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Overcoming discouragement

Far-reaching joyous effort: Part 3 of 5

Part of a series of teachings based on the The Gradual Path to Enlightenment (Lamrim) given at Dharma Friendship Foundation in Seattle, Washington, from 1991-1994.

Discouragement about the result

  • Review of the first two types of discouragement
  • Remembering the Buddha was just like us
  • Understanding the possibility of becoming a buddha

LR 102: Joyous effort 01 (download)

Discouragement about the path: Part 1

  • Being realistic about our level of practice
  • Taking a long-term view
  • Crazy wisdom practice

LR 102: Joyous effort 02 (download)

Discouragement about the path: Part 2

  • Planting the seeds
  • Pacing ourselves
  • Having a good relationship with our teacher
  • Developing the courage to face difficulties
  • The middle way between asceticism and indulgence

LR 102: Joyous effort 03 (download)

Questions and answers

  • Discouragement about the basis
  • Learning to evaluate ourselves
  • Positive impact of refuge and bodhicitta prayer
  • Rejoicing and encouraging ourselves
  • Setting motivation
  • Benefiting “others” does not mean self-sacrifice
  • Opportunity to contribute in every situation

LR 102: Joyous effort 04 (download)

Review of first two types of laziness

We’ve been talking about enthusiastic perseverance or joyous effort, and how it counter-acts the three kinds of laziness. The first kind of laziness was hanging around, sitting in the sun, snoozing until who knows what hour on Sunday morning, on Monday morning. The second kind of laziness was keeping yourself really busy with useless things and meaningless activities, just chasing after reputation, objects of attachment, this and that, those things that don’t have lasting meaning, things that we have to separate from at death. Remember this is considered laziness, and not being busy, clever and successful. The antidote to this is meditating on impermanence and death, and on the unsatisfactoriness of cyclic existence.

Third type of laziness: Laziness of discouragement

The last time we started talking about the third kind of laziness. It has all these components to it: the laziness of putting ourselves down, lacking self-confidence, low self-esteem, self degradation, discouragement, whatever you want to call it. Within this third type of laziness, it comes out in three different ways. One is laziness about the result, or discouragement about the result, second one is discouragement about the path, and third one is discouragement about the basis.

Discouragement about the result

The result refers to buddhahood, for example the omniscient mind being able to manifest many, many bodies. Discouragement about the result is thinking, “I can’t possibly do that, this goal is too high, this result is too high!” It’s discouragement because we think that the result, or the goal of enlightenment or buddhahood is too much in outer space, that we can’t possibly become like that. I’m sure all of us have probably felt this at one time or another, feeling that these qualities are just much too grandiose for us ever to think of developing, they are just out of sight. And so we discourage ourselves from practicing the path in that way, if we think that the result is too high. Is this ringing some bells? People ever had that happen? You hear about the qualities of Buddha and you go “Huh?”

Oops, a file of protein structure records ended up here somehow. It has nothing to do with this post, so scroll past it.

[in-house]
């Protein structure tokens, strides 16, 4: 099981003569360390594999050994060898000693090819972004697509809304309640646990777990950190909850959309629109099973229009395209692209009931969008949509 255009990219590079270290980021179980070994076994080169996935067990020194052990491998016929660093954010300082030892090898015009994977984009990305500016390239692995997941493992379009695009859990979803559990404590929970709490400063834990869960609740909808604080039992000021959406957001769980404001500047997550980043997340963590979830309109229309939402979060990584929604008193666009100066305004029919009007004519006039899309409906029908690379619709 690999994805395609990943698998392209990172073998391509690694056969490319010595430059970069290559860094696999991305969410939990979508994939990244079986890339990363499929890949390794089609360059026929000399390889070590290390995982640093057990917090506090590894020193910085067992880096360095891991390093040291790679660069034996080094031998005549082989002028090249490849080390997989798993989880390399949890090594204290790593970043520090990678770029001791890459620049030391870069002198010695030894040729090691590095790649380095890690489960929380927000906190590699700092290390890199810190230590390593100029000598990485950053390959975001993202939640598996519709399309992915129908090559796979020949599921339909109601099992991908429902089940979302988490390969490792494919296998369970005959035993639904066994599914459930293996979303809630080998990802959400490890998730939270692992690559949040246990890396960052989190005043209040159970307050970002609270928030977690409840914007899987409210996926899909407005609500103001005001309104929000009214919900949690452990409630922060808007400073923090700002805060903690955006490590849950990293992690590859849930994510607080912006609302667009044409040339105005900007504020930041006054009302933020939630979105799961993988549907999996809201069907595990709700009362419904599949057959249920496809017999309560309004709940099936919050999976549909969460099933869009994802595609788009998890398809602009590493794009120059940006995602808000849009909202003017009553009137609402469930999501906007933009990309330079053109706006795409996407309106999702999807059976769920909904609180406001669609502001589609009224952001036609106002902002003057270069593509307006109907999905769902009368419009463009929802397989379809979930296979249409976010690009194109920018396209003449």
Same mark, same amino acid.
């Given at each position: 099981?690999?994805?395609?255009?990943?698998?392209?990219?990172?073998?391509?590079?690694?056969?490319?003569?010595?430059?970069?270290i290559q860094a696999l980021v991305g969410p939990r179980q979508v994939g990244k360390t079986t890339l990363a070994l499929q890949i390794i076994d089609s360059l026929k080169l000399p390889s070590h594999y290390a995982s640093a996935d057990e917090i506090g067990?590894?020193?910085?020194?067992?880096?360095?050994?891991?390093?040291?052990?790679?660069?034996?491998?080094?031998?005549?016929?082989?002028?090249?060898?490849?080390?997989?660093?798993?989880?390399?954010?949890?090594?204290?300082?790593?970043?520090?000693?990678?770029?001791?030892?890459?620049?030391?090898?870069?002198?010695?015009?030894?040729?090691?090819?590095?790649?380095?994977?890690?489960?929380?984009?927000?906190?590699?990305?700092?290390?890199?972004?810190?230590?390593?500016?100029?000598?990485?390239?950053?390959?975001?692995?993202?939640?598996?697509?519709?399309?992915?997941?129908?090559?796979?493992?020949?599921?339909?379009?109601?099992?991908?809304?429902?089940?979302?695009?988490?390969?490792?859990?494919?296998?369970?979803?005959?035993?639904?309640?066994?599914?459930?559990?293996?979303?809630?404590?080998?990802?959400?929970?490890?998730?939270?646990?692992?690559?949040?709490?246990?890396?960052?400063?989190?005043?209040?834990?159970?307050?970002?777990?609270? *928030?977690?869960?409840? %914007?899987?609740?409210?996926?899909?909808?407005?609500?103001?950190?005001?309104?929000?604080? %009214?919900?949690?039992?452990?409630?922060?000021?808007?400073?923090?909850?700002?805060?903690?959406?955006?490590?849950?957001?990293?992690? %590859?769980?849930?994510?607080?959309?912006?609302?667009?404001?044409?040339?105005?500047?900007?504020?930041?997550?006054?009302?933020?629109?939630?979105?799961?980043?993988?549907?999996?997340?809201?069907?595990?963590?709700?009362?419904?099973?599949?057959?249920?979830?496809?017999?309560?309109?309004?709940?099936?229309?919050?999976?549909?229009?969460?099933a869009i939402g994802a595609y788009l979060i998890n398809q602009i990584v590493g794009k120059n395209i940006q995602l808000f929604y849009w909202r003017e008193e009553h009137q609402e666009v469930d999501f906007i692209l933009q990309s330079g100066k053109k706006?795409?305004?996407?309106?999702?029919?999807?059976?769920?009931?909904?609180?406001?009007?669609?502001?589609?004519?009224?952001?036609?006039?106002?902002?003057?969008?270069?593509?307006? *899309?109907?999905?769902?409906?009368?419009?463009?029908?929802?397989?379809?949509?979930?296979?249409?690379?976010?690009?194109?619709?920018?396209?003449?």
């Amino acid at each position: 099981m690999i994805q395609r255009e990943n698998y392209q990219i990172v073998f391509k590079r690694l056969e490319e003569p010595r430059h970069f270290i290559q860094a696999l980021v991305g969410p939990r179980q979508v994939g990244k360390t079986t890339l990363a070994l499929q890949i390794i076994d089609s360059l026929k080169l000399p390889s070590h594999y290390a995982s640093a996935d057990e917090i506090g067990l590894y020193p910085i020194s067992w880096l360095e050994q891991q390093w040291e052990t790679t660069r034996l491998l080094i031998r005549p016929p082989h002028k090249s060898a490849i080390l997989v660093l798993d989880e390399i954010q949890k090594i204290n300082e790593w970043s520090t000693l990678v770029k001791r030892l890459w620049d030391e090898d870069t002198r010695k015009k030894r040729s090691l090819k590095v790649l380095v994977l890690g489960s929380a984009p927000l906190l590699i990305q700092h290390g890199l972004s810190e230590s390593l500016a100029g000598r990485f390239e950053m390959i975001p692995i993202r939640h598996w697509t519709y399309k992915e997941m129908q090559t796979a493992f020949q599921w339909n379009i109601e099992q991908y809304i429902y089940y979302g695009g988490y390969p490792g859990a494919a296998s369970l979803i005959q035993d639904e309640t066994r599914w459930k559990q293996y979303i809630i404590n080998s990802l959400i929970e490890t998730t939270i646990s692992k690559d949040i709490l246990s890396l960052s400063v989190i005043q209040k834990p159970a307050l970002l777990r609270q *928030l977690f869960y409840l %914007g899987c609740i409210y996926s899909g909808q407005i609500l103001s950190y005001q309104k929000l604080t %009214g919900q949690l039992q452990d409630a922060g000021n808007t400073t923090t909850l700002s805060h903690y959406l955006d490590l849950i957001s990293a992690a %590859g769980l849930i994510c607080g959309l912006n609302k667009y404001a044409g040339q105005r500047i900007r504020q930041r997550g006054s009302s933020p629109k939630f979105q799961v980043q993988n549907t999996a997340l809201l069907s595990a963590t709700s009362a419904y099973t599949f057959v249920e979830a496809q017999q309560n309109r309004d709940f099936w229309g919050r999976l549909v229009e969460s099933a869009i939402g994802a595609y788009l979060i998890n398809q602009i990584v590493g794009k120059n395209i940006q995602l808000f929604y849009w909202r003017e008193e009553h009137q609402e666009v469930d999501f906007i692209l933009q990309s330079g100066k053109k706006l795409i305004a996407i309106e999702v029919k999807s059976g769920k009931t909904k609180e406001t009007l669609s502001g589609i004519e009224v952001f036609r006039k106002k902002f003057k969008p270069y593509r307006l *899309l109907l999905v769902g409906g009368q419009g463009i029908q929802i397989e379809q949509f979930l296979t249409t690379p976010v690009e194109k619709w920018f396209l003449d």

The way to counteract that is to remember that Shakyamuni Buddha also started out like us, and that he was able to practice and achieve the omniscient mind, achieve buddhahood. And so it’s not that enlightenment is so far and out of sight that it’s impossible for anybody to attain. We can see the example of the historical Buddha and how he was able to practice and bring this about in his own mind.

Audience: Is it really possible to achieve qualities like manifesting in multiple bodies?

Venerable Thubten Chodron (VTC): Who can actually do it? “I want to see you do it, Your Holiness. Where are those multiple bodies? [laughter] Come on! I’m an American and I want proof here!” Some of these, it sounds very grandiose. In a way we have to go on faith, that this will happen.

I know what really helped me in this respect was when I began to do some in-depth study of tantra, and understand the tantric methods for accessing and developing the extremely subtle wind and the extremely subtle mind. Then it became conceptually possible for me to think that yes, it actually is possible to become a buddha because I began to understand more the resources we have and how they are now untapped and if they were to be tapped, that it is actually possible for these kinds of results to come about. So sometimes getting more in-depth teachings on certain aspects of the path gives you a better idea conceptually how it is actually possible to go through this transformation.

But to expect any kind of visual proof that we can see with our eyes is impossible. Even if a buddha walked in through the door, what would we see? Because this is dependent on our karma. Do you know the story of Asanga? Remember Asanga who had the vision of Maitreya? He could see Maitreya but the other people in the village only saw a dog? Having direct access to the Buddha is difficult with very obscured minds. So a lot of this we go on as a matter of faith, thinking that other things that the Buddha said have been true and have made sense, so this must be too even though it is not real clear in our minds how that happens.